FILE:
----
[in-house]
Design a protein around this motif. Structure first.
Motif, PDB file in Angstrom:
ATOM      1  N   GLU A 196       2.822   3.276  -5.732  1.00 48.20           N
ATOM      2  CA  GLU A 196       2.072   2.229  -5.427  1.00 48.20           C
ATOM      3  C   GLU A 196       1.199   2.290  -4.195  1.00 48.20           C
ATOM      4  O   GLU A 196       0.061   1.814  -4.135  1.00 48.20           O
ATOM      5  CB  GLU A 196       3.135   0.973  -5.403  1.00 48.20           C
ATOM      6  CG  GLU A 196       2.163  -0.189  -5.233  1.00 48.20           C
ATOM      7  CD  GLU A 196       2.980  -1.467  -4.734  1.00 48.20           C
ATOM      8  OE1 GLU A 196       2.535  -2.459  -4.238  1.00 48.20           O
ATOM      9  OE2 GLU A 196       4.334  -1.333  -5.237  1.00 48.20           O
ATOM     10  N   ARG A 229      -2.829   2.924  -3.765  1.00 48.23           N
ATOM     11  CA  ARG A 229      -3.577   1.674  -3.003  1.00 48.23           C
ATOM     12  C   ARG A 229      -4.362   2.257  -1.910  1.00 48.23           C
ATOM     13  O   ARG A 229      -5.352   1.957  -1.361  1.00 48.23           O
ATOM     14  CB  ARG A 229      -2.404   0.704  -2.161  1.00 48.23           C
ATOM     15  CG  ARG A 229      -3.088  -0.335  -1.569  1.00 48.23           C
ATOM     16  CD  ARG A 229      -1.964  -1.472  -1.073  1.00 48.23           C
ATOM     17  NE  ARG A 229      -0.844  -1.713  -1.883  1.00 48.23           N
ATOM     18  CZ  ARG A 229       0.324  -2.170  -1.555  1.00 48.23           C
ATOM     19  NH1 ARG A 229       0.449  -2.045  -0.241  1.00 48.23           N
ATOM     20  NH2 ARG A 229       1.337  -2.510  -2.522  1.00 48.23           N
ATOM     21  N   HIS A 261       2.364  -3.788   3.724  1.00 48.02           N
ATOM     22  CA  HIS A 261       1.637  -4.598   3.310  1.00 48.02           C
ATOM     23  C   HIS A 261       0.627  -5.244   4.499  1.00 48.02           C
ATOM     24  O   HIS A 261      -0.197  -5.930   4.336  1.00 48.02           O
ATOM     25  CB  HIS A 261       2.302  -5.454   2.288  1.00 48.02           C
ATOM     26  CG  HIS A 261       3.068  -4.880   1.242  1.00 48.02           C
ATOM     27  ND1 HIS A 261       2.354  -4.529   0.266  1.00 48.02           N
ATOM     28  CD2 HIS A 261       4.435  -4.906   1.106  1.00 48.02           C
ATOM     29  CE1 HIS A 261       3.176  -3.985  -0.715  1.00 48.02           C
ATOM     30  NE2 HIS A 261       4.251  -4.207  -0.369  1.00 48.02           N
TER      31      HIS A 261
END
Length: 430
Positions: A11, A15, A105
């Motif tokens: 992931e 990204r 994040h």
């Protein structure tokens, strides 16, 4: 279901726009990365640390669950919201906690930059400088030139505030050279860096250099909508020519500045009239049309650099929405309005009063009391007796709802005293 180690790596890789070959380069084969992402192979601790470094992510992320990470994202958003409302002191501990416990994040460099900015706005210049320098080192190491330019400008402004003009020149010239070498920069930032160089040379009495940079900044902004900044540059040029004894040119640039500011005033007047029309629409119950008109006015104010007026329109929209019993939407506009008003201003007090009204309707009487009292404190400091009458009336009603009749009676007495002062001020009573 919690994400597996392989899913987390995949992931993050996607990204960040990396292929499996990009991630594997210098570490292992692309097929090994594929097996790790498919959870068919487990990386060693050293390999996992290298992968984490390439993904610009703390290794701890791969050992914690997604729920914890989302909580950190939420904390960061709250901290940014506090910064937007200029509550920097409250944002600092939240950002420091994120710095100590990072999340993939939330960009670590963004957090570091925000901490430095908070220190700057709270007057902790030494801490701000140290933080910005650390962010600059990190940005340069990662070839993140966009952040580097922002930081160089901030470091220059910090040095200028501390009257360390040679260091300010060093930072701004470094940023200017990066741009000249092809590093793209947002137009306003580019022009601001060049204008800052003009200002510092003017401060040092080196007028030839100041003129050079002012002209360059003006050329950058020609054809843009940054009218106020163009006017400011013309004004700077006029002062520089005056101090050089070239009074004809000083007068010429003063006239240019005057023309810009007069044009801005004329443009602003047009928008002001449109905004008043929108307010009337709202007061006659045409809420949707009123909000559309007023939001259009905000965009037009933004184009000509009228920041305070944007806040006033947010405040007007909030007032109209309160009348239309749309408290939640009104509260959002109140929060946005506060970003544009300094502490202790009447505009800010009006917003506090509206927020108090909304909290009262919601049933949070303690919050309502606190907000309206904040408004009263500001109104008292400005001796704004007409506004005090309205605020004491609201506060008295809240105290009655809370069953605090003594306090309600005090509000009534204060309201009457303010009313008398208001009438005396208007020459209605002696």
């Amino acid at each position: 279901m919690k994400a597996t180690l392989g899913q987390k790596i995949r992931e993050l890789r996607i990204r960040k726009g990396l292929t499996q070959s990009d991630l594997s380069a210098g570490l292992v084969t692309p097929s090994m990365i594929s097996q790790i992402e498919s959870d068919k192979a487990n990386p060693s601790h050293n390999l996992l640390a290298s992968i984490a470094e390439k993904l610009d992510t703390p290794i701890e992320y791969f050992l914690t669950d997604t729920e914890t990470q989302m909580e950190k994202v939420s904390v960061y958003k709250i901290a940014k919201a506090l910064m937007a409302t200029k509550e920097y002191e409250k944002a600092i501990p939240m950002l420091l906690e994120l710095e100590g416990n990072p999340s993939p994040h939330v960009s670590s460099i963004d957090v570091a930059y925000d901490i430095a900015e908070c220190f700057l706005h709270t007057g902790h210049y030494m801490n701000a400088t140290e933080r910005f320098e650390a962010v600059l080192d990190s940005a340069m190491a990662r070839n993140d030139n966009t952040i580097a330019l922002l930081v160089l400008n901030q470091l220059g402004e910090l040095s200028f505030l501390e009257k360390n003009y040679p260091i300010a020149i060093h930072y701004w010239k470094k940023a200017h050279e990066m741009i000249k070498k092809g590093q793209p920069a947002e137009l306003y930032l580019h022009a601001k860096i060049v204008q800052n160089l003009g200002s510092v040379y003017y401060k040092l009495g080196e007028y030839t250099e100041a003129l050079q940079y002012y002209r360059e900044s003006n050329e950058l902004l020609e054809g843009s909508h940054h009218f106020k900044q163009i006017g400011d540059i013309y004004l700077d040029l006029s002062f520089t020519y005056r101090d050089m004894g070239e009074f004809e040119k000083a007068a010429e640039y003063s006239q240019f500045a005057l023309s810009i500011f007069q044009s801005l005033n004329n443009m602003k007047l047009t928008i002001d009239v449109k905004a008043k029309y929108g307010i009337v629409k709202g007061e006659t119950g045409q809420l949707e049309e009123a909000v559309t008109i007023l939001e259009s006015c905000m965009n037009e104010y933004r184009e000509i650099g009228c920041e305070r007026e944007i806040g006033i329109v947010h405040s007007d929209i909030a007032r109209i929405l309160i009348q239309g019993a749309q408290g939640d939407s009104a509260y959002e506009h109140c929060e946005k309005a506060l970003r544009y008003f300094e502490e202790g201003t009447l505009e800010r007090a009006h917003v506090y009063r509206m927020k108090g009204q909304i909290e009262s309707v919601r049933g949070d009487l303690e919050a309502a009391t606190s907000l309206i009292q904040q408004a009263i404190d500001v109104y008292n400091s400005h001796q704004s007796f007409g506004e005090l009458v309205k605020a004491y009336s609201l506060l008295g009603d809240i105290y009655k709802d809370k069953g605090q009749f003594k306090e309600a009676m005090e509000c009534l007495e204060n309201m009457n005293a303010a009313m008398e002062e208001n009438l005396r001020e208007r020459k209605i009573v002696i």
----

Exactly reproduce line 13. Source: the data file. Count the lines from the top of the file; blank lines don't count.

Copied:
ATOM     10  N   ARG A 229      -2.829   2.924  -3.765  1.00 48.23           N